A NEW road safety campaign has been launched in Somerset to help reduce high casualty rates involving motorcycles in the county.
Called ‘Shiny Side Up’ – the name of the campaign comes from a popular motorcyclist saying – keep your shiny side up – implying that the rubber should stay firmly on the road.
There have been 21 fatal and 127 serious collisions on Somerset roads the last five years involving motorcyclists. Riders in the 40-59 age group are most at risk. Most of the collisions occur on rural A roads where the speed limit is in excess of 40mph.
The campaign has been launched by Somerset County Council’s Road Safety Team who will be putting up temporary signs along key routes within the county.
A selection of six different signs will be used, each designed to either highlight dangers to riders or to raise awareness of the presence of motorcyclists to other motorists.
Similar signs are also being used in partnership with other authorities in Devon, Cornwall and Dorset.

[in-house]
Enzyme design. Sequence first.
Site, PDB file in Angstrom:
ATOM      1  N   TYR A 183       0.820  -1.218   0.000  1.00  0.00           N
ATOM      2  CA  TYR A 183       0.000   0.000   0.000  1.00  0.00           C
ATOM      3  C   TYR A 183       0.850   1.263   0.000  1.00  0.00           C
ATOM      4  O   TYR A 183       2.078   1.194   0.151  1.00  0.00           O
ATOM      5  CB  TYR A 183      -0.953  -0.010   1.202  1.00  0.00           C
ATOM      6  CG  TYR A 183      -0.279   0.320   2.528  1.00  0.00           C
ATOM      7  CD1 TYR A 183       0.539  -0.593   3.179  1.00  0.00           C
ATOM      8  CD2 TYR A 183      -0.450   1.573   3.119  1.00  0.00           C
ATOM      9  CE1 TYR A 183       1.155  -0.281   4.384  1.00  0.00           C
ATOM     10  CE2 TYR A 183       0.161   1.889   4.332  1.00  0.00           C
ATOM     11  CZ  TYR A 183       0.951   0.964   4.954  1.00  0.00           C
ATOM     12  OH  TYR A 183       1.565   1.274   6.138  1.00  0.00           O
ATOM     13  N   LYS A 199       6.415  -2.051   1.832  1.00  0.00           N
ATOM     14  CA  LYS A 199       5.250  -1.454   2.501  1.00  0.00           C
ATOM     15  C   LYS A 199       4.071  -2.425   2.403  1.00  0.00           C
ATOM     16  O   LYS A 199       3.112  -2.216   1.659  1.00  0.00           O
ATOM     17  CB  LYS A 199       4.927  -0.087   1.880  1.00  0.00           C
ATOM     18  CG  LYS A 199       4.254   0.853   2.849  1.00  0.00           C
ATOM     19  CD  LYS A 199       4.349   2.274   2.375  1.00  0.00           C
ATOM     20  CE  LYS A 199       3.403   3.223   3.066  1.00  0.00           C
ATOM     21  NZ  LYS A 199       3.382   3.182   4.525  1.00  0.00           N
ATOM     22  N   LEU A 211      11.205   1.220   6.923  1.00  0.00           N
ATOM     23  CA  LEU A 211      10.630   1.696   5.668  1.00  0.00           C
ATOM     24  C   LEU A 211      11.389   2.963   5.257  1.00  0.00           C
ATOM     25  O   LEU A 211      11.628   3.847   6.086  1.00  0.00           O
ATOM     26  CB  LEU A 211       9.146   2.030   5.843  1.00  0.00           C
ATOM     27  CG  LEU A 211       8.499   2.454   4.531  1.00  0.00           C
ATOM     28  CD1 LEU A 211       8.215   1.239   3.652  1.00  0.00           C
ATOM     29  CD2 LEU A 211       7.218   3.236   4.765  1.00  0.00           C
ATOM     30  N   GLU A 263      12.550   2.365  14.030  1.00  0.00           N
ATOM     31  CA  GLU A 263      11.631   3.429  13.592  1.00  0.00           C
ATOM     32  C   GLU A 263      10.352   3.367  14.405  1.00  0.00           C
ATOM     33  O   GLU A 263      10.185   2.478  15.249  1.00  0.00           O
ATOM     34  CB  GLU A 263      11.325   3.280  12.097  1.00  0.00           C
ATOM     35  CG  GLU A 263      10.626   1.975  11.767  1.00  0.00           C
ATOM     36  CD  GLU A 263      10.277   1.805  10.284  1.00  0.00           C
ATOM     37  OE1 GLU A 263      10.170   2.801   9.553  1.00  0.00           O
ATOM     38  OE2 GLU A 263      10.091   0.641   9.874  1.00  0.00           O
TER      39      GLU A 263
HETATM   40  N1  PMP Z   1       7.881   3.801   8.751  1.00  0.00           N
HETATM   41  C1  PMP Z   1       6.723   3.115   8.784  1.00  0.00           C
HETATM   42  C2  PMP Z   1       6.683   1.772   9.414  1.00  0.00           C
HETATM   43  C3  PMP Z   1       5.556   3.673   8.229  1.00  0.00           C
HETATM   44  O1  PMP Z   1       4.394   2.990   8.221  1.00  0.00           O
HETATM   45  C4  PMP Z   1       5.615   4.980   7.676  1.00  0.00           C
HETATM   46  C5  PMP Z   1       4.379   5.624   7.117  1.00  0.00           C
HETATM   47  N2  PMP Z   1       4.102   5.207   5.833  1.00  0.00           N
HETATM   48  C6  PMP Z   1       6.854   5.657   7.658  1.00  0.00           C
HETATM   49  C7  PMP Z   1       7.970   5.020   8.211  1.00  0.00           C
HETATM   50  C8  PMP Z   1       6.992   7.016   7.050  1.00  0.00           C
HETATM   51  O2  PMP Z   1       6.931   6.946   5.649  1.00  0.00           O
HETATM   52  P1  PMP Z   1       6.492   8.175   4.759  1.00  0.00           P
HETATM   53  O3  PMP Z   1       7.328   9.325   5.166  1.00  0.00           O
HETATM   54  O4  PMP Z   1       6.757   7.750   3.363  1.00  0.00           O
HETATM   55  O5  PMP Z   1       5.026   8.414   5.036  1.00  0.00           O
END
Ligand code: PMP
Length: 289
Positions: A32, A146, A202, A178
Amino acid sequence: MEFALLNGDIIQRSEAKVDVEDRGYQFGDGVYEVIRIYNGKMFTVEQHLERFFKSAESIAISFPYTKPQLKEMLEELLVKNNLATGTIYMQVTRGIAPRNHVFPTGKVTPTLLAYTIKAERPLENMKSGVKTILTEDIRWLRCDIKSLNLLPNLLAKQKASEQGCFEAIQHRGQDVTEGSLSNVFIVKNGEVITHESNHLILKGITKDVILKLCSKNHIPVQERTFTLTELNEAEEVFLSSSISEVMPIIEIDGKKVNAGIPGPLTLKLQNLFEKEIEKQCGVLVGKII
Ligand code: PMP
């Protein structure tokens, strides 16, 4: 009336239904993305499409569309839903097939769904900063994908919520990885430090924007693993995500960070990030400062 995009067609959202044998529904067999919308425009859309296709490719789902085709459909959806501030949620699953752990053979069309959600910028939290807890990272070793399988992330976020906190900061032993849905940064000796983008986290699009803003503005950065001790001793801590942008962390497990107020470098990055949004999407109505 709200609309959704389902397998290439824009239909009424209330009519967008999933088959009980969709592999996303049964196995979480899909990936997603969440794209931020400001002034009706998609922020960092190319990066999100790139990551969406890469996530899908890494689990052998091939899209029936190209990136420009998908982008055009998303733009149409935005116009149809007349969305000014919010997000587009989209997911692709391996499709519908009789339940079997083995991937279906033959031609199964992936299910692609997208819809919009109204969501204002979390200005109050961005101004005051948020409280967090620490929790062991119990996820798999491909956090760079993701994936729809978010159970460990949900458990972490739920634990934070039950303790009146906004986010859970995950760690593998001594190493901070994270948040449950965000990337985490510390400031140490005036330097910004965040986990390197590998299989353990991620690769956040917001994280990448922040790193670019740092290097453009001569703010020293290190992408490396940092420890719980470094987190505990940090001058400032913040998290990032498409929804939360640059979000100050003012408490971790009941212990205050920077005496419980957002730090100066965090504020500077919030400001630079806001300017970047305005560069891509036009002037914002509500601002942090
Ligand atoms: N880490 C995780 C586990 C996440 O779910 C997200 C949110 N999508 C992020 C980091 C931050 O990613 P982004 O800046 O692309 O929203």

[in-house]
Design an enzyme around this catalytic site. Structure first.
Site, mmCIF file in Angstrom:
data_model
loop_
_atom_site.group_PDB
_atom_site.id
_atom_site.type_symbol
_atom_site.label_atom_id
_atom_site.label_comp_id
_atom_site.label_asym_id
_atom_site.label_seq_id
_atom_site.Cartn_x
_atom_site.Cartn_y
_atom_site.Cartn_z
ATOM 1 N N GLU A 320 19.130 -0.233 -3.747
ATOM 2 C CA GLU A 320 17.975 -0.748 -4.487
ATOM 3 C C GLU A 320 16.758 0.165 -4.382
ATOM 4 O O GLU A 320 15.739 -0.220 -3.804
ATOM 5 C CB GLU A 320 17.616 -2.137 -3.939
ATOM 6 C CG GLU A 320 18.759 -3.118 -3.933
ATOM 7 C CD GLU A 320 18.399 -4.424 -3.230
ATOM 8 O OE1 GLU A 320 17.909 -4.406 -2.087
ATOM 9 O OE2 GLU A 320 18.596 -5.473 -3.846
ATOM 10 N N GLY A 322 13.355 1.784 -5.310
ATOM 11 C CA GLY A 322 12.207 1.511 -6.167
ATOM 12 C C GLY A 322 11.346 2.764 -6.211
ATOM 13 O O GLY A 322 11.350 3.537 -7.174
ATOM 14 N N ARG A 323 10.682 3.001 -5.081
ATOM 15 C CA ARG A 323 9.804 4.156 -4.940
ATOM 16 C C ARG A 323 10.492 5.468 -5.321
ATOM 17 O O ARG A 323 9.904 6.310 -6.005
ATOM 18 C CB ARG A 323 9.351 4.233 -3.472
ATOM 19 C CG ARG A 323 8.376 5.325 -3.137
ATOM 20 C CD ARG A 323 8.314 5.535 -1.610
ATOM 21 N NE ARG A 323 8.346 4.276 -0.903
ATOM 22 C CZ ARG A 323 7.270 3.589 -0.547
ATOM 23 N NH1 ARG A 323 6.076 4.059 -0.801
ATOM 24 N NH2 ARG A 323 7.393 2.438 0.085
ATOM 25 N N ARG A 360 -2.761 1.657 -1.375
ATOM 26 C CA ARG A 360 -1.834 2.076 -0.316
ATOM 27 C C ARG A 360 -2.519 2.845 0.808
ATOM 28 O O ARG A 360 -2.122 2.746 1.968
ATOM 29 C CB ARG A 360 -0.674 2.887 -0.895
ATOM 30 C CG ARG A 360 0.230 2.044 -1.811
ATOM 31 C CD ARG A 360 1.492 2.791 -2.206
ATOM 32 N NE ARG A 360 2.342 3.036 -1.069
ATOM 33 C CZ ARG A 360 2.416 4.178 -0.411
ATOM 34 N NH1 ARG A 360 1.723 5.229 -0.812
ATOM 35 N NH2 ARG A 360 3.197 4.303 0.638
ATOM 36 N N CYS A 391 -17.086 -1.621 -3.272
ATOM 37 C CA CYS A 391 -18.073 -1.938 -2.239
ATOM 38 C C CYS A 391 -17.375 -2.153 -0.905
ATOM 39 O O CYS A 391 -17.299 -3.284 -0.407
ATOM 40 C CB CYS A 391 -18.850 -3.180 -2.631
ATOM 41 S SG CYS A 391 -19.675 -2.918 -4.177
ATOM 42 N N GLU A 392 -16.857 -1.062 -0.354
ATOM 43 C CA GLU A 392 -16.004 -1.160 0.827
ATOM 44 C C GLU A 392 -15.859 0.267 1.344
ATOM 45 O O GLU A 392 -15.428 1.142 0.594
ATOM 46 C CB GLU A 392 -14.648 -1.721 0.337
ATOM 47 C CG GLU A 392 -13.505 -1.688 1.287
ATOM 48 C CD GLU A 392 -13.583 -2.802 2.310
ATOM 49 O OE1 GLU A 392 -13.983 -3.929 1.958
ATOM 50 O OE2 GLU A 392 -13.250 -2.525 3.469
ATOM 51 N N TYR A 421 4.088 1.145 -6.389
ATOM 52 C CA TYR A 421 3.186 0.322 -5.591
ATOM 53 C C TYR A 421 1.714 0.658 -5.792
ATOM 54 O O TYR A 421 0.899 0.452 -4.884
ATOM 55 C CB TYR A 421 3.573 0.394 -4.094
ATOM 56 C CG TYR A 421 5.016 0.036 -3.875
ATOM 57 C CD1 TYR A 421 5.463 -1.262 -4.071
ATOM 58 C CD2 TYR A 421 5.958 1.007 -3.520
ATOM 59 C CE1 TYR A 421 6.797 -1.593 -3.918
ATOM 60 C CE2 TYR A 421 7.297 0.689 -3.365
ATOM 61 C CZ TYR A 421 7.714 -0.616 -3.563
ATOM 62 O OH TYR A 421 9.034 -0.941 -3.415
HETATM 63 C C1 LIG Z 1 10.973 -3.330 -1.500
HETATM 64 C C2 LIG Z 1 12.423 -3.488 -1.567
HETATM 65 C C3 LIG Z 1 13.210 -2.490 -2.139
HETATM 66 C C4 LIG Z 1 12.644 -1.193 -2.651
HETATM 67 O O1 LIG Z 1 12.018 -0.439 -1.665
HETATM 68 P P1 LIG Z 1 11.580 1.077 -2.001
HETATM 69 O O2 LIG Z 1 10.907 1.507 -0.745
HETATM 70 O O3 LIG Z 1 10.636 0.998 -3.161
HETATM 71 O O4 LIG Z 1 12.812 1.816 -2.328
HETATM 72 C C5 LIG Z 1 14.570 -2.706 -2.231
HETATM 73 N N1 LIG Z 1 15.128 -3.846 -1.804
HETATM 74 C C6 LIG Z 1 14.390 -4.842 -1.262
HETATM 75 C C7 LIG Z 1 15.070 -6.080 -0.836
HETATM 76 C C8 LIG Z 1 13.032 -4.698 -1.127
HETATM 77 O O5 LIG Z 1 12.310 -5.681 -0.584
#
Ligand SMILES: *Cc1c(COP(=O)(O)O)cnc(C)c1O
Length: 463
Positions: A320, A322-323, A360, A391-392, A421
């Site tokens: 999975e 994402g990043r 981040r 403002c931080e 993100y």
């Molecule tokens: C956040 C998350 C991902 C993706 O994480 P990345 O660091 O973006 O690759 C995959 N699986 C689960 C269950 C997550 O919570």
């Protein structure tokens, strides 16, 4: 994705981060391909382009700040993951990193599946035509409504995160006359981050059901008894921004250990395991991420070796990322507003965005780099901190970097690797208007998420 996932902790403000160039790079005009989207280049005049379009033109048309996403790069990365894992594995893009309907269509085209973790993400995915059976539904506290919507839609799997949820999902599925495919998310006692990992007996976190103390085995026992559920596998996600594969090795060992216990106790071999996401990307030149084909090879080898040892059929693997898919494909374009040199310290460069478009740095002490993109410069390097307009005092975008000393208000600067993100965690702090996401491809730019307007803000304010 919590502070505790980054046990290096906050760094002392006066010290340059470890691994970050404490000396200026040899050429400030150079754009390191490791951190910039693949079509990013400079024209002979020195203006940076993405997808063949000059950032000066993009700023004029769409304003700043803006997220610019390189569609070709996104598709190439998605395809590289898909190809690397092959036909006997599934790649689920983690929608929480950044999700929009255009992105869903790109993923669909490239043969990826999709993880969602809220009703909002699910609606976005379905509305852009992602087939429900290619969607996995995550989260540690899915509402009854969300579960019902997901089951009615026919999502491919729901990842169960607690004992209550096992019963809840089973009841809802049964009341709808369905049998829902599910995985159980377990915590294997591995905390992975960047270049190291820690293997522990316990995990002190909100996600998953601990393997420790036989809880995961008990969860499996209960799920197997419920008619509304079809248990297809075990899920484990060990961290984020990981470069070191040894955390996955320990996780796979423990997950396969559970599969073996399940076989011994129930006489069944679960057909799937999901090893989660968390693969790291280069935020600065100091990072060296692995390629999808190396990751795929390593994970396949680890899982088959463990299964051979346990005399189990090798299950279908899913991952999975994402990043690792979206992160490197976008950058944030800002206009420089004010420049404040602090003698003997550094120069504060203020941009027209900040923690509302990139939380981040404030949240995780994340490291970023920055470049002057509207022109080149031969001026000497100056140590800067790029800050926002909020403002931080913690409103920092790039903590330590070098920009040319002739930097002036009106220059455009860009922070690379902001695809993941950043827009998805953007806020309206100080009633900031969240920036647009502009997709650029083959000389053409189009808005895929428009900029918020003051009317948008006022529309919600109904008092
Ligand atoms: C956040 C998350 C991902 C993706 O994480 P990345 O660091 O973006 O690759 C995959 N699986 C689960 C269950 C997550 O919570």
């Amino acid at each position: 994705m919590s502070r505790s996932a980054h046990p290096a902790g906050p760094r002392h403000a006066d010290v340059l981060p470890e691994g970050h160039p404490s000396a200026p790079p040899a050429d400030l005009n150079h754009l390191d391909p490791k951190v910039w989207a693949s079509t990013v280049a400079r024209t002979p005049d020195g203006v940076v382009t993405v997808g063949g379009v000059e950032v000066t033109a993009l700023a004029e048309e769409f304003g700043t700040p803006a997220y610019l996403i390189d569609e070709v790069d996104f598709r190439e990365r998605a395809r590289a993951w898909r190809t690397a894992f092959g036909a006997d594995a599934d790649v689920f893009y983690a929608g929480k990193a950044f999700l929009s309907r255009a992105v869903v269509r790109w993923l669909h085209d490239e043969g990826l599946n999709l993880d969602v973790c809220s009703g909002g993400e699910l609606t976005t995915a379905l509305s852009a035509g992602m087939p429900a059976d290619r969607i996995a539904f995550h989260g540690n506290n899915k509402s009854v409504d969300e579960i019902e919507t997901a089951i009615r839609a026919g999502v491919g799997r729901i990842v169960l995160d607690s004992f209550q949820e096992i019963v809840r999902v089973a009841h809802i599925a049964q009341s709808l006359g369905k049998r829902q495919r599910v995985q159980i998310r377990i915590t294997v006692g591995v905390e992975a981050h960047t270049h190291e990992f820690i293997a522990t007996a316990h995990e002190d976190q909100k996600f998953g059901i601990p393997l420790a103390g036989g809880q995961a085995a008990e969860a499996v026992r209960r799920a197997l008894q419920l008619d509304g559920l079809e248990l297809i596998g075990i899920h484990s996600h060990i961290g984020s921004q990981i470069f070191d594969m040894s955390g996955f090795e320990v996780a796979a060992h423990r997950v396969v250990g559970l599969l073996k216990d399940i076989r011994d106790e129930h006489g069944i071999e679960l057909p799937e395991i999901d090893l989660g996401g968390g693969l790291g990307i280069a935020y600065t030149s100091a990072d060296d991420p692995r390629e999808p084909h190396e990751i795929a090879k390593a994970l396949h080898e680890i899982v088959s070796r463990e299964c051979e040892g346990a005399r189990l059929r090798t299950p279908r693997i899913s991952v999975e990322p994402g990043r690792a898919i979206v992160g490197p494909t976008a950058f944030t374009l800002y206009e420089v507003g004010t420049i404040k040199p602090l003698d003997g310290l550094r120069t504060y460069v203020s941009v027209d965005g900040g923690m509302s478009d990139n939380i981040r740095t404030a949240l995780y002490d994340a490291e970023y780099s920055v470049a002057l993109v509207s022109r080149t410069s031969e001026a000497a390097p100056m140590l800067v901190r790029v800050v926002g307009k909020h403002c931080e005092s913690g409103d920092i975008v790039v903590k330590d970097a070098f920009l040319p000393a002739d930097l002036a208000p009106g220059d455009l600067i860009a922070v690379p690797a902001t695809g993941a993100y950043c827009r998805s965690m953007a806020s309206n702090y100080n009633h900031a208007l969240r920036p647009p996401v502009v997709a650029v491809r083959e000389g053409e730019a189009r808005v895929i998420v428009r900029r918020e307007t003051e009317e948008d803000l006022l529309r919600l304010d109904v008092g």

The ‘Shiny Side Up’ campaign was originally launched in the East Midlands to help tackle dangerous collisions involving motorcyclists.
A council spokesperson said: “The majority of fatal rider crashes occur on bends on rural roads or involve another vehicle at junctions – so they’ll be key messages on ‘bends dead ahead’ on routes where a number of crashes have occurred.
“There also signs to encourage the rider to think ‘Safe to Go’ when considering an overtake of slower vehicles, particularly near junctions and where there is a danger of vehicles turning across your path.
“One big concern for motorcyclists is that drivers don’t see them. Two of the new signs warn drivers to either check their mirrors for the presence of bikes before turning or to ‘Think Bike’.
“Wherever you see our signs you should know that the route you are riding can be challenging. Use your judgement to help you avoid becoming a statistic.
“Somerset Road Safety will continue its campaign to reduce casualties to bikers who, unfortunately, figure too highly among crash statistics, alongside our partners within the police and fire & rescue service.”